Biologists unlock 51.7 million-year-old genetic secret to landmark Darwin theory

Scientists have identified the cluster of genes responsible for reproductive traits in the Primula flower, first noted as important by Charles Darwin more than 150 years ago.

Darwin hypothesised that some plant species with two distinct forms of flower, where male and female reproductive organs were of differing lengths, had evolved that way to promote out-crossing by insect pollinators.

His ground-breaking insight into the significance of the two forms of flower known as ‘pins’ and ‘thrums’ coined the term ‘heterostyly’, and subsequent studies contributed to the foundation of modern genetic theory.

And now scientists at the University of East Anglia, working at the John Innes Centre, have identified exactly which part of these species’ genetic code made them that way, through an event that occurred more than 51 million years ago.

Prof Philip Gilmartin from UEA’s School of Biological Sciences said: "To identify the genes which control the biology noted by Darwin is an exciting moment. Many studies have been done over the past decades to explore the genetic basis of this phenomenon but now we have pinpointed the supergene directly responsible, the S locus."

Supergenes are clusters of closely-associated genes which are always inherited together as a unit and allow complex biology to be controlled. Researchers worked with the Earlham Institute to map the plant’s genes and sequence the Primula genome to find the specific gene cluster responsible for creating the differing flower morphs.

Prof Gilmartin said: "Not only did we identify the supergene but we found it is specific to just one of the flower forms, the thrum. This insight has profound implications for our understanding of a key evolutionary innovation of flowering plants.

"Understanding of the genetics which underpin flower development and reproduction of a species broadens our knowledge about the entire system of pollination, which underpins biodiversity and food security.

"With challenges such as climate change and its effects on plants, crops and their insect pollinators, it’s even more important to understand pollination mechanisms and how species can and will react.

In their hunt for the genes controlling heterostyly, researchers also managed to date the original mutation, to 51.7 million years ago.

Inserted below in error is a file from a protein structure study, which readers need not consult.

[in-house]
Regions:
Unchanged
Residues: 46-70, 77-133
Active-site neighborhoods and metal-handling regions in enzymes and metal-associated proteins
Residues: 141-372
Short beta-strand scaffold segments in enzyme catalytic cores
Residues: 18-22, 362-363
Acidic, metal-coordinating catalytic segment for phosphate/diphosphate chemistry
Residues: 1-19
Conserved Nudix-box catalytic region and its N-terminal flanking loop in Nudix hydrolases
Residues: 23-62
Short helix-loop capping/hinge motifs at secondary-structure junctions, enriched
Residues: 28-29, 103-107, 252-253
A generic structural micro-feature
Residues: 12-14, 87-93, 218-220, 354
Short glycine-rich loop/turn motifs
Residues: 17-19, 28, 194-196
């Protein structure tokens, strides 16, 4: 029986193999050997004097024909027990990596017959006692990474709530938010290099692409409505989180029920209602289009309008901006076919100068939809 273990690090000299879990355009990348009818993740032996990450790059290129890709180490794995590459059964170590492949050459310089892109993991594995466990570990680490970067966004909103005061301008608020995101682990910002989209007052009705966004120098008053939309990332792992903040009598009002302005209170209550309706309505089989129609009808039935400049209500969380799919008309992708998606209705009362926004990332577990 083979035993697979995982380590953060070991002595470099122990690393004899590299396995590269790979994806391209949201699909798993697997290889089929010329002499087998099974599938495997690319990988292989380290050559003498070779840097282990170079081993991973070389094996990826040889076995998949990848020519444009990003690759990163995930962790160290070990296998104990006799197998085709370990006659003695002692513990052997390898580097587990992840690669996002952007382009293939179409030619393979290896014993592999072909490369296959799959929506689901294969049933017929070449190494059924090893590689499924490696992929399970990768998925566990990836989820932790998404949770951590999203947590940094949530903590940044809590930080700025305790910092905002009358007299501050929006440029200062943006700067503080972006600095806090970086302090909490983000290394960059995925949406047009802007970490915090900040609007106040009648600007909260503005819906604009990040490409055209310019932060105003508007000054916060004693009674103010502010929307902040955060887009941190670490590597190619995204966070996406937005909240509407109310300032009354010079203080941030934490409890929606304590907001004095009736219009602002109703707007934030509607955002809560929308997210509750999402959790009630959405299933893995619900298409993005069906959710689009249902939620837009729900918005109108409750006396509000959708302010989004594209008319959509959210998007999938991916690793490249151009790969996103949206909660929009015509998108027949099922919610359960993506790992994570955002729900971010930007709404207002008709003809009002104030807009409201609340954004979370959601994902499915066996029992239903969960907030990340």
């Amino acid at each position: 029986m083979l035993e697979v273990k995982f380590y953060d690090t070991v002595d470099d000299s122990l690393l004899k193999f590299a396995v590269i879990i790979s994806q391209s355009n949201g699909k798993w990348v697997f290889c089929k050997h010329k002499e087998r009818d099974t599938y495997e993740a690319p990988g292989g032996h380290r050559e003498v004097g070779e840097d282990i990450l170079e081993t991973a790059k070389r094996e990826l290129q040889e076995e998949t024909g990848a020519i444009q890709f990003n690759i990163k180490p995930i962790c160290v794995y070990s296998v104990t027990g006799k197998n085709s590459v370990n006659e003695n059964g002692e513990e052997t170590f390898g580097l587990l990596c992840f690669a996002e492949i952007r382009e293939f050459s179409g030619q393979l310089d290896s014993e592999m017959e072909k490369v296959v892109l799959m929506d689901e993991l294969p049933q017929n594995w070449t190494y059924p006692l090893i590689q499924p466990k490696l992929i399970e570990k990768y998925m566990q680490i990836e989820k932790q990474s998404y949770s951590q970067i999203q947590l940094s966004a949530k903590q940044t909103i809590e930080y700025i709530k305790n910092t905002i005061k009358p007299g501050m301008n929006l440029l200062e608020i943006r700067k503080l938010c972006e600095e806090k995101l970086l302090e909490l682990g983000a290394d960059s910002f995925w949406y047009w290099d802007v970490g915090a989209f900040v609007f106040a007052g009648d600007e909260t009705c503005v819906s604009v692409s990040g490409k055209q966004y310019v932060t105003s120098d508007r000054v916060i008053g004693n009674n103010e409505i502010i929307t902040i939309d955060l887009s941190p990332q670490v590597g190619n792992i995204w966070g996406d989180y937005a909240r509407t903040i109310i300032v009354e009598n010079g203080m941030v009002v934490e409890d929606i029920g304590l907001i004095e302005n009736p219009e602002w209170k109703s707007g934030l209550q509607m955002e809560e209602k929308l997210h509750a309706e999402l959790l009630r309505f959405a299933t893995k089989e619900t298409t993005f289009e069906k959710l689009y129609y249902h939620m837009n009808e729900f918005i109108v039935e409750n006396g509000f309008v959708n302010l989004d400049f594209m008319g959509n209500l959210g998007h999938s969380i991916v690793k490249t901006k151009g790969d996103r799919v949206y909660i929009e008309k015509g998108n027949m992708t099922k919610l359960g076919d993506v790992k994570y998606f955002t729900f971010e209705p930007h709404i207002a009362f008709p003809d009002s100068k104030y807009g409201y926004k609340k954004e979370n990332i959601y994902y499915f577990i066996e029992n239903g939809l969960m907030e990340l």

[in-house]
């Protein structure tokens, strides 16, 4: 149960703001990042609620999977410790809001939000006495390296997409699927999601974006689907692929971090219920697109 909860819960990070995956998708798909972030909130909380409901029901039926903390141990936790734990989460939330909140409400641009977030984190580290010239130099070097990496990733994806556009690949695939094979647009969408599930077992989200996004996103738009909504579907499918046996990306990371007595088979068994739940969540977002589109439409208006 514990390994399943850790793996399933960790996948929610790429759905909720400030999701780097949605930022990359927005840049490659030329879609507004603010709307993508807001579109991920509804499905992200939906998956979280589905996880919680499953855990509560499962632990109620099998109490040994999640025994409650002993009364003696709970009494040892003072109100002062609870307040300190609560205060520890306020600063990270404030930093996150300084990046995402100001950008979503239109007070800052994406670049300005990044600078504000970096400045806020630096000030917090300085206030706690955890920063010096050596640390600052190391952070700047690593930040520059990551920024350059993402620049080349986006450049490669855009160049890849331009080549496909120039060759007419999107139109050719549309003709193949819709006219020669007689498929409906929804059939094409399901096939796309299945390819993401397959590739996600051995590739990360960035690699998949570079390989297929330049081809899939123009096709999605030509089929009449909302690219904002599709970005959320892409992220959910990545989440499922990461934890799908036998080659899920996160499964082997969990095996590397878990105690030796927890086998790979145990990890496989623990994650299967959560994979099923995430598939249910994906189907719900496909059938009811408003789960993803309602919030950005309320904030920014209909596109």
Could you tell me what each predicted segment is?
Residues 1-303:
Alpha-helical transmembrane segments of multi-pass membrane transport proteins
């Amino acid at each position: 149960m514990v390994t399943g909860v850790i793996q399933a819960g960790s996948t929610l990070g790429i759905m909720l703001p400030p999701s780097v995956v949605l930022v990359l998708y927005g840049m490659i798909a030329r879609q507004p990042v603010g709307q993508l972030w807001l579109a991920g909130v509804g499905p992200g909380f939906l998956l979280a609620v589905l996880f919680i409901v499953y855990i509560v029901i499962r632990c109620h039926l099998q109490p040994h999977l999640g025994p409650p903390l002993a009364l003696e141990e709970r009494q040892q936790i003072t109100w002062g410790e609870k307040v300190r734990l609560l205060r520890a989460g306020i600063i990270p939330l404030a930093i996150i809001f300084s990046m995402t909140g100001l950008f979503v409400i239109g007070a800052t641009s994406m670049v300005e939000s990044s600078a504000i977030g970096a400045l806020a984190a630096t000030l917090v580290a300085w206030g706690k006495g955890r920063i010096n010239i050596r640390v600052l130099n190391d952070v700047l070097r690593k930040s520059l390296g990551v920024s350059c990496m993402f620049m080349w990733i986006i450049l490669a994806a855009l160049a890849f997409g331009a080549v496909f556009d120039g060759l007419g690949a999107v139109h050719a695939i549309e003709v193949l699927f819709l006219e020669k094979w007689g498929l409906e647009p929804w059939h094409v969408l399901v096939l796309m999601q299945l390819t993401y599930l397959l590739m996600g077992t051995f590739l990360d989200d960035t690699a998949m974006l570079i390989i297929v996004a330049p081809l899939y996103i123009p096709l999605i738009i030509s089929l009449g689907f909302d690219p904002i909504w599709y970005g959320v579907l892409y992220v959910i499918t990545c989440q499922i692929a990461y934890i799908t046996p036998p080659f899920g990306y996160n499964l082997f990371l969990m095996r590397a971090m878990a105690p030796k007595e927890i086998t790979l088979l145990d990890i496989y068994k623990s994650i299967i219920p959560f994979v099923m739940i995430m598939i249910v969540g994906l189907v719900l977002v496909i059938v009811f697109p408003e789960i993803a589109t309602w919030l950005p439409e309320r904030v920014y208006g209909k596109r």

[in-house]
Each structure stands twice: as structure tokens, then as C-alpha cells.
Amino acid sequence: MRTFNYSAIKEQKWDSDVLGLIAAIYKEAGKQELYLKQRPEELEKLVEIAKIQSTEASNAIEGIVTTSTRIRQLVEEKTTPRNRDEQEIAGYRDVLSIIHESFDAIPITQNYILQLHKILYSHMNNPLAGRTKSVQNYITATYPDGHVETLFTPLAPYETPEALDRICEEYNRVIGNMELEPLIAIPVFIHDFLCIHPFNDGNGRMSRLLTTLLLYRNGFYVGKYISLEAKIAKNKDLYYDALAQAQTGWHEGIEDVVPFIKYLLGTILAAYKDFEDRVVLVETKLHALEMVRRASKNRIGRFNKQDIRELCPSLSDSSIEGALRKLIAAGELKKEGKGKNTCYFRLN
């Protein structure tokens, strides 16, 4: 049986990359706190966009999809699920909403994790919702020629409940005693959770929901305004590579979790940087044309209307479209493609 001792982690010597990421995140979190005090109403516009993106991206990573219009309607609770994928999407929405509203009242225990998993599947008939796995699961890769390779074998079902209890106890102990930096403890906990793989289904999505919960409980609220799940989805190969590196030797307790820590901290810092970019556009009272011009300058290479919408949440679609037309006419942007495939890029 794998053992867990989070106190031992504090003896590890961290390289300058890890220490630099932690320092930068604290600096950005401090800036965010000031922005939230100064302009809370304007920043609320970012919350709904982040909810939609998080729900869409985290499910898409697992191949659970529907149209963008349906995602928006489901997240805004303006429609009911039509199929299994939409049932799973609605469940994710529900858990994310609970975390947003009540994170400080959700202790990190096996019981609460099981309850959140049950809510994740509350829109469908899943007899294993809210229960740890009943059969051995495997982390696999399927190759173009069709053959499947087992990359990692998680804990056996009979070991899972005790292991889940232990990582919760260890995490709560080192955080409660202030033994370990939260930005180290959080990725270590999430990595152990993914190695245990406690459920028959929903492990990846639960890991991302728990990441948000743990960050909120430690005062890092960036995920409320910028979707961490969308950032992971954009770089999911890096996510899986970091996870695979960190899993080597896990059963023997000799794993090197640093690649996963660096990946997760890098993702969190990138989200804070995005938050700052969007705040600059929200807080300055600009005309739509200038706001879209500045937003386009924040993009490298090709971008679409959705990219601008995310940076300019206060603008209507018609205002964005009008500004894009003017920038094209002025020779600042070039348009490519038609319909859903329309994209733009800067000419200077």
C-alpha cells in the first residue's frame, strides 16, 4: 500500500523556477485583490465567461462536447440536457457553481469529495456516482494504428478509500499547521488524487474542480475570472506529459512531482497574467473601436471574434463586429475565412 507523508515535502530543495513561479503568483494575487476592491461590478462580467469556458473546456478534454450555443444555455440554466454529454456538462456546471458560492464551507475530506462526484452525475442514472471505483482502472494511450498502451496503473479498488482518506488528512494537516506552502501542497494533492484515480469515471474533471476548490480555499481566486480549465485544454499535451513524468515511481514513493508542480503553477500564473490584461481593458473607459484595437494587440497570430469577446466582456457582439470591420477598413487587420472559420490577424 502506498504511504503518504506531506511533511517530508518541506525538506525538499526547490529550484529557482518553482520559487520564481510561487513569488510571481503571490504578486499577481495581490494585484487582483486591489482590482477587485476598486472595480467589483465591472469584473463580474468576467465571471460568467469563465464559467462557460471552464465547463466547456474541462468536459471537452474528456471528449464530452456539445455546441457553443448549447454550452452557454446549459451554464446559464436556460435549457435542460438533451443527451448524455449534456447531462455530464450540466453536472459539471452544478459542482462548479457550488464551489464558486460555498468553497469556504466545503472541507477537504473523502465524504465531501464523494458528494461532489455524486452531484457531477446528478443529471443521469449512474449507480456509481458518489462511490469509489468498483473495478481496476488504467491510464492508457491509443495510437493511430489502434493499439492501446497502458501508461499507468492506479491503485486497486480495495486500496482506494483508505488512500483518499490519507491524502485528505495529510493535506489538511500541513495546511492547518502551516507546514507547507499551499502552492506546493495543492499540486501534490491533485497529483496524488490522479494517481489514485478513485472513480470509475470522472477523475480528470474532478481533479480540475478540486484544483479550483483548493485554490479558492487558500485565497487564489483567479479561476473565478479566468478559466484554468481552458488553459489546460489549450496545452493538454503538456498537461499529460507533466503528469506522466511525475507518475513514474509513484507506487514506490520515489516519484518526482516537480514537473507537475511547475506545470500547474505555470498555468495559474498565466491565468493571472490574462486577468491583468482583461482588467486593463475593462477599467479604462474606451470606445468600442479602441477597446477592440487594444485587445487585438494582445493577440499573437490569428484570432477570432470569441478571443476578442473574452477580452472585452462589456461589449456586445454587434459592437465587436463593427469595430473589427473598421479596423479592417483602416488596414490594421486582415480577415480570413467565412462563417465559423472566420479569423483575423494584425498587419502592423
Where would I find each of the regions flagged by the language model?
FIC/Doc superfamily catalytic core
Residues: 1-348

Having found the S locus, they realised the gene was a close relative to another, identified six years ago as responsible for controlling the identity of petals on a Primula flower.

At some point this gene duplicated, inserted itself in the S locus, and mutated to control the position of the anther in the flower. Finding this duplicated gene allowed the team to date how long ago the mutation occurred for the first time.

Prof Gilmartin has been researching the origins of heterostyly for a large part of his career. He said: "This study answers some of the crucial questions that have been asked since Darwin’s time, and for me since I bought my first packet of Primula seeds twenty years ago."

The study ‘Genetic architecture and evolution of the S locus supergene in Primula vulgaris’ is published in the journal Nature Plants, on Friday 2 December 2016.


Before commenting please read our rules for commenting on articles.

If you see a comment you find offensive, you can flag it as inappropriate. In the top right-hand corner of an individual comment, you will see 'flag as inappropriate'. Clicking this prompts us to review the comment. For further information see our rules for commenting on articles.

comments powered by Disqus

Read These Next

What's in store for ornamentals production in 2017?

What's in store for ornamentals production in 2017?

Rising overheads, exchange rates, export opportunities and labour restrictions.

What's in store for horticulture in 2017?

What's in store for horticulture in 2017?

Matthew Appleby, Sarah Cosgrove, Gavin McEwan and Sally Drury examine the key challenges and opportunities awaiting horticulture in 2017.

IPM Essen show preview - Exports offer silver lining

IPM Essen show preview - Exports offer silver lining

UK exhibitors at this year's IPM nursery trade show in Germany will be looking to increase exports on the back of the Brexit vote, Matthew Appleby explains.


From The Editor - Prospects for the year ahead

From The Editor - Prospects for the year ahead

Making predictions about the future is a risky business in the best of times. Throw in a year when the UK is set to begin the formal process of leaving the EU and all bets are off. Despite this, the HW team has prepared our biggest-ever preview of the year ahead.

According To Edwards ... Why horticulture needs a different dialogue to farming

According To Edwards ... Why horticulture needs a different dialogue to farming

The Government will always look on "horticulture" as a sector within "agriculture" and, when the trade effectively gets its message across, the Government recognises "nursery stock" as a non-edible subset of horticulture.

Seabrook on...Are 'garden' and 'gardener' becoming dirty words?

Seabrook on...Are 'garden' and 'gardener' becoming dirty words?


Follow us on:
  • Facebook
  • LinkedIn
  • Twitter
  • Google +
Horticulture Jobs
More Horticulture Jobs

Pest & Disease Tracker bulletin 

The latest pest and disease alerts, how to treat them, plus EAMU updates, sent direct to your inbox.

Sign up here

Are you a landscape supplier?

Horticulture Week Landscape Project Leads

If so, you should be receiving our new service for Horticulture Week subscribers delivering landscape project leads from live, approved, planning applications across the UK.